Debt collectors gave $2,000 to Kyrsten Sinema after she gave a $15 minimum wage the thumbs down
May 7, 2021
Representatives of debt collectors rewarded an Arizona Senator after her infamous minimum wage “no” vote
Kyrsten Sinema earned herself the ire of working class people around the country on March 5, when the Arizona Democrat gave an exuberant thumbs down to legislation that would have increased the federal minimum wage to $15 per hour, from its current hourly rate of $7.25.
Sinema's vote, and the bubbly manner in which she delivered a thumbs down while casting it, inspired angry responses on social media, coverage of the senator's enthusiasm, and a widely-shared meme of Sinema depicted as an anime-style cartoon giving a thumbs down while wearing a mask that says “Fuck the Poor.”
But not everyone was upset with Sinema's vote. On March 8, the Monday after the vote, which took place on a Friday afternoon, the lawmaker was given the thumbs up by more than a dozen corporate political action committees (PACs), according to recently released campaign finance disclosures. The entities donated almost $20,000 to her next re-election campaign, which isn't scheduled to take place until 2024.
Those who expressed their approval of Sinema included the political action committees of firms geared toward serving the rich: Wall Street investment bank Morgan Stanley gave Sinema $2,000 while Canadian corporate jet manufacturer Bombardier gave the lawmaker $1,000. The political action committees of two different trade associations representing debt collectors also each gave Sinema $1,000 on March 8. PAC donations to individual candidates are capped at $2,900 for the 2021-2022 election cycle under current federal rules.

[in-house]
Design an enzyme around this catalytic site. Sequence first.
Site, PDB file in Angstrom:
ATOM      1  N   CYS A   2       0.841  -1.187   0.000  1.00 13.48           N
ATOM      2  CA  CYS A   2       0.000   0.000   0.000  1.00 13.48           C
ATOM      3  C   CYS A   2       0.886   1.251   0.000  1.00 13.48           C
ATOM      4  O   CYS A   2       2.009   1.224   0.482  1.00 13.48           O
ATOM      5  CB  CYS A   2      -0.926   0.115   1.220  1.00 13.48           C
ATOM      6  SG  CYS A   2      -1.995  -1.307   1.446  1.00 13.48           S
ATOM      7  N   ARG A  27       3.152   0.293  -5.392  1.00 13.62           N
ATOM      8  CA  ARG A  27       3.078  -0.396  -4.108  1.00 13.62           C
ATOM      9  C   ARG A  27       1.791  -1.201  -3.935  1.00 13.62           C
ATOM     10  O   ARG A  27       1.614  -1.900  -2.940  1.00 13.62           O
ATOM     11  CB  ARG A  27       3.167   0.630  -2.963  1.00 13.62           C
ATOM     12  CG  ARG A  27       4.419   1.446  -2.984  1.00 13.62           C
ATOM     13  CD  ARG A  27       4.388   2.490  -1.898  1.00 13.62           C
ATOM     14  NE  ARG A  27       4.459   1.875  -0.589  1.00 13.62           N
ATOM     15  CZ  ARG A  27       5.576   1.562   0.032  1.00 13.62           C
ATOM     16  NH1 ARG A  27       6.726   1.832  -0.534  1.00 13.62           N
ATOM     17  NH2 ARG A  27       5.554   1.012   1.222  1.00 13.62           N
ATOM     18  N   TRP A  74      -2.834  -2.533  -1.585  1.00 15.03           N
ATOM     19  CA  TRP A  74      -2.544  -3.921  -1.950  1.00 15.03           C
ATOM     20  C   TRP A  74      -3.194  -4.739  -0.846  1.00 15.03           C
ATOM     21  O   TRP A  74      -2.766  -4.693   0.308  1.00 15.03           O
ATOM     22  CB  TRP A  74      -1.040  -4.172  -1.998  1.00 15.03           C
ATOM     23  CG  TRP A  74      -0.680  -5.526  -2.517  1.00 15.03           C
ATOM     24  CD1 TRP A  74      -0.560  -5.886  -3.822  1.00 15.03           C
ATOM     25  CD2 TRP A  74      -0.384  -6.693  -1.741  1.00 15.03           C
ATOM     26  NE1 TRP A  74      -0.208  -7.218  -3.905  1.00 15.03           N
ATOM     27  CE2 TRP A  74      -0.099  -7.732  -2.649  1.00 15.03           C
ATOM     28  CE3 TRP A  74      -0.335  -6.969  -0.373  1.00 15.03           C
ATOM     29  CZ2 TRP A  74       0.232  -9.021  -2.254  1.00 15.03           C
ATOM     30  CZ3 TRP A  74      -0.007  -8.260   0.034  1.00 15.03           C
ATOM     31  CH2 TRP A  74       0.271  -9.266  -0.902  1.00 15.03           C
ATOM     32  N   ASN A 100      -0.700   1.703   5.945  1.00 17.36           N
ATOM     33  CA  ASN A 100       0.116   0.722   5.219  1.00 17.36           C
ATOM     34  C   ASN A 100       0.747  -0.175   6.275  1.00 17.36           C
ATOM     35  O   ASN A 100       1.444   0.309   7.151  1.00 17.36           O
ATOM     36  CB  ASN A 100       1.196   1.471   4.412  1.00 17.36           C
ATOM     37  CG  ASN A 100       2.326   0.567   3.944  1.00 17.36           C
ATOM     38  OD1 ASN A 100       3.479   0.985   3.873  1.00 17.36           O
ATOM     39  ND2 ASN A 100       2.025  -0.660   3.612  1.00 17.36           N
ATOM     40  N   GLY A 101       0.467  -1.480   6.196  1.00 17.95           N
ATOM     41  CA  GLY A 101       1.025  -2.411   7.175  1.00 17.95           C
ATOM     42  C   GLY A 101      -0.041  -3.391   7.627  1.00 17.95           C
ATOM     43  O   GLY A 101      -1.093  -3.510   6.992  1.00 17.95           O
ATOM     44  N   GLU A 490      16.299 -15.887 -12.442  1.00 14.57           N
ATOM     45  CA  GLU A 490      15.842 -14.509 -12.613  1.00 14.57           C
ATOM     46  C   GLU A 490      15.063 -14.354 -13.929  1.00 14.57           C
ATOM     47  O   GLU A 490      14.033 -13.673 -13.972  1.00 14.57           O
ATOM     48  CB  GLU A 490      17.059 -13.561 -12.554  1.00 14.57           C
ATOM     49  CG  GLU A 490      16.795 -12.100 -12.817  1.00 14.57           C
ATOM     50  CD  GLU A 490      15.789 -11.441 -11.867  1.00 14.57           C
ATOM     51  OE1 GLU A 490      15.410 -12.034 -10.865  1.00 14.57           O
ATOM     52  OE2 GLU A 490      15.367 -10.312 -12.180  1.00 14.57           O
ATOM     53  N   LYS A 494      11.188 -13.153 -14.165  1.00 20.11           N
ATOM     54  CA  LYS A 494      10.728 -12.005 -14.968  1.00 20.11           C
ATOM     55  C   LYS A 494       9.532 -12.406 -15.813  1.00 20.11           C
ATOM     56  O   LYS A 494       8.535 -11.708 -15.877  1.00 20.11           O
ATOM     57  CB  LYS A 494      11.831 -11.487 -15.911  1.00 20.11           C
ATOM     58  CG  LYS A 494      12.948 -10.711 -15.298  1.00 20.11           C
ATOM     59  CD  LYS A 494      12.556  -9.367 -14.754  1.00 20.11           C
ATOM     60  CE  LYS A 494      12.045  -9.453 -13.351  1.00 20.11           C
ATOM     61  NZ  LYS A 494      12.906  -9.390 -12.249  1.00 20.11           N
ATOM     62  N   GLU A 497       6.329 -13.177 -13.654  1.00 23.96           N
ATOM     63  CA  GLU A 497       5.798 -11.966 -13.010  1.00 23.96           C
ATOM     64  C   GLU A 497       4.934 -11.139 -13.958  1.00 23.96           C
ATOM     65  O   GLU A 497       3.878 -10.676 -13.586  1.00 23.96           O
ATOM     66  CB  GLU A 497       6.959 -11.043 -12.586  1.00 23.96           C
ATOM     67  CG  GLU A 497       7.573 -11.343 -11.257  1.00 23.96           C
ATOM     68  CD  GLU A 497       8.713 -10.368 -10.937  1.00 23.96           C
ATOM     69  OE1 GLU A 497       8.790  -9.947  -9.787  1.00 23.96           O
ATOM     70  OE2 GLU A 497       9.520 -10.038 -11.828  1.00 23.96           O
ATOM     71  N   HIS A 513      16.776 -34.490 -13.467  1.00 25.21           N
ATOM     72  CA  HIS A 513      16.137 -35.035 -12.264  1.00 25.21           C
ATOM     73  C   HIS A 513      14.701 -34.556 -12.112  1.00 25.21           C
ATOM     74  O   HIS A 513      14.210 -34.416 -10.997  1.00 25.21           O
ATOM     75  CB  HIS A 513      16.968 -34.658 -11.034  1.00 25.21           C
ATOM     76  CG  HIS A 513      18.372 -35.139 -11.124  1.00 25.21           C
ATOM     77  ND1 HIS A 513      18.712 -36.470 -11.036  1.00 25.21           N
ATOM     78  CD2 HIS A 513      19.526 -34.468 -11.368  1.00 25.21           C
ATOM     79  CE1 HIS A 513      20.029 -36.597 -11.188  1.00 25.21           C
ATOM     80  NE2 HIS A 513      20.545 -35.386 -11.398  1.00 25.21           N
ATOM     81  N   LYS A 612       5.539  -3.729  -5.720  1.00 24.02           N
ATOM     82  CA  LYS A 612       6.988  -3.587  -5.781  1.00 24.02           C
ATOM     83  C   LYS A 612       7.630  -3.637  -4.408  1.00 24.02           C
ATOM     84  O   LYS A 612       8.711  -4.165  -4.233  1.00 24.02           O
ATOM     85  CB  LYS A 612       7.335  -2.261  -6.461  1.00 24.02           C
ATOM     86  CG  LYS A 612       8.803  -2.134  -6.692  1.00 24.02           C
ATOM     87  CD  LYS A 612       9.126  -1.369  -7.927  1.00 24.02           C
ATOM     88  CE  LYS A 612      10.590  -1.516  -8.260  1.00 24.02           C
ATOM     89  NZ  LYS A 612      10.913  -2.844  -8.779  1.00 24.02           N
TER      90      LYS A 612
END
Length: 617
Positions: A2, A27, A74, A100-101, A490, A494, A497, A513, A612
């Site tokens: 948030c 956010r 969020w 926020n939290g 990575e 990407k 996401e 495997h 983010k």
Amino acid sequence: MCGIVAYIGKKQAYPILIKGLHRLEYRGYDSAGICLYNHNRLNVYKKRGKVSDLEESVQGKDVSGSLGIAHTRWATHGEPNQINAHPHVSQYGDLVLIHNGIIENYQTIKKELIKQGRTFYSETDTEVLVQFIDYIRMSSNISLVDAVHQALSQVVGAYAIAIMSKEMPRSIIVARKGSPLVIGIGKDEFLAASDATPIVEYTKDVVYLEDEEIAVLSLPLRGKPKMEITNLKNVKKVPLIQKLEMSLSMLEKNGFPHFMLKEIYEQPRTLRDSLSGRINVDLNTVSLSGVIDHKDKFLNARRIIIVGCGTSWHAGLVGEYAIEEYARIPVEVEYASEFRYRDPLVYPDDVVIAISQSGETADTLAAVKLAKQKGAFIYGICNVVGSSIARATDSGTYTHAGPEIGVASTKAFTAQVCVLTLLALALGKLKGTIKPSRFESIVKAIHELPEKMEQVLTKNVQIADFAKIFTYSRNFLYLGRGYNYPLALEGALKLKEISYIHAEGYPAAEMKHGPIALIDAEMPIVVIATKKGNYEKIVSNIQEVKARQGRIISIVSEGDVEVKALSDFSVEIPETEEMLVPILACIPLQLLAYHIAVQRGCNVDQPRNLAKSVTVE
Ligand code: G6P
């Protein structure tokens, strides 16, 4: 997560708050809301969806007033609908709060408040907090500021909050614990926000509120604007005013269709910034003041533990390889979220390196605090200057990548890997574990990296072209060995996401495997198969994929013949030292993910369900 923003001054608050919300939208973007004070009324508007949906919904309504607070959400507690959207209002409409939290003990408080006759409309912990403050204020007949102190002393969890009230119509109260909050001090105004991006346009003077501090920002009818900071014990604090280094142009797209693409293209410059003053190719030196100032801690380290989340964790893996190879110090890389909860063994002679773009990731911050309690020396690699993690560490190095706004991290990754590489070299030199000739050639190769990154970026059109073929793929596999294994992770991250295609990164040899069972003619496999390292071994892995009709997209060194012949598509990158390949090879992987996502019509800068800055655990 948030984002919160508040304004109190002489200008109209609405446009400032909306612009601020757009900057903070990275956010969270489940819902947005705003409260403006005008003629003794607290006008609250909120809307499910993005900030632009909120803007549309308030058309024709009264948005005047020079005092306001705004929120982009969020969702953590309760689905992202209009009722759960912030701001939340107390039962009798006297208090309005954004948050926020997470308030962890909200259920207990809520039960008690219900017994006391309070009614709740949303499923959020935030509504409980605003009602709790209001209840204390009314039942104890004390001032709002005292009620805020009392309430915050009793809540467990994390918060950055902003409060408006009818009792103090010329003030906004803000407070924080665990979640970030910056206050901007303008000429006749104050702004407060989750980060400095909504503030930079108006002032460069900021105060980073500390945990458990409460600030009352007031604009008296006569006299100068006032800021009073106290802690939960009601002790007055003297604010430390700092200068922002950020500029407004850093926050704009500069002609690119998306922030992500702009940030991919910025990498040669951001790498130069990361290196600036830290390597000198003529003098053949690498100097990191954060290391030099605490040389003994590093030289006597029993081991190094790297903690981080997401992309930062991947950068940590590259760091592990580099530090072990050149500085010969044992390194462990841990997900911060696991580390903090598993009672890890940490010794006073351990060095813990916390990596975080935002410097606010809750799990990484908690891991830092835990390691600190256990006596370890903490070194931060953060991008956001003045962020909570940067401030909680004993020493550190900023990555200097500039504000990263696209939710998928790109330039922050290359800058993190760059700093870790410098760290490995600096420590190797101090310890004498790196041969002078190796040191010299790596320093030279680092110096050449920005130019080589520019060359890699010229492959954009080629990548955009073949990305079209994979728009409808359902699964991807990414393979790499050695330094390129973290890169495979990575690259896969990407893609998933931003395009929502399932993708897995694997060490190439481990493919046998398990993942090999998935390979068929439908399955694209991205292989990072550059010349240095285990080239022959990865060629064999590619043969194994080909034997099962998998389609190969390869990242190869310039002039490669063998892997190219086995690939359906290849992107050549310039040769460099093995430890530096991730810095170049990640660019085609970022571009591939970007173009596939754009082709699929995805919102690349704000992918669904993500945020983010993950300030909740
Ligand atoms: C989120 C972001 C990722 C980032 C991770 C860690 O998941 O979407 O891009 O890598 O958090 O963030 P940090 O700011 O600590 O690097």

One of the debt collector PACs represents the Association of Credit and Collection Professionals, which describes itself as the voice of “third-party collection agencies, law firms, asset buying companies, creditors and vendor affiliates.” The other is the PAC of the Commercial Law League, which describes itself as “a not-for-profit association of creditors’ rights attorneys, bankruptcy attorneys, commercial collection agencies, and legal network personnel.”
Other PACs of trade associations representing financial sector professionals also gave money to Sinema on March 8, including those of the National Association of Insurance and Financial Advisers, the Manufactured Housing Institute, and the Real Estate Round Table, which each gave Sinema $1,000.
Other corporate donations to Sinema on March 8 came from a PAC representing the MWW Group, a public relations firm, which gave Sinema $1,500. The PAC representing car manufacturer Toyota gave Sinema $500. Cozen O'Connor, a corporate law firm, and a healthcare company called Tenet Healthcare each gave the senator $2,500.
Other for-profit healthcare entities also gave Sinema money on March 8, both of which are based in Illinois. The PAC for a physical therapy provider called Athetico Holdings and the PAC for an entity representing medical schools called Excellence in Healthcare Education each gave Sinema $1,000. Excellence in Healthcare Education has given almost exclusively to Republican politicians in recent years.
Sinema did receive some money on March 8 from a PAC representing a labor union. The Association of Professional Flight Attendants's PAC gave the lawmaker $1,000.
All in all, PAC donations to Sinema on March 8 totaled $20,500. They all came from entities outside of her home state of Arizona except one: a PAC representing Universal Technical Institute, a for-profit college based in Phoenix, gave Sinema $1,000.
CORPORATE SCAM WATCH: Wall Street-owned home security company dinged $20 million for “white paging” scheme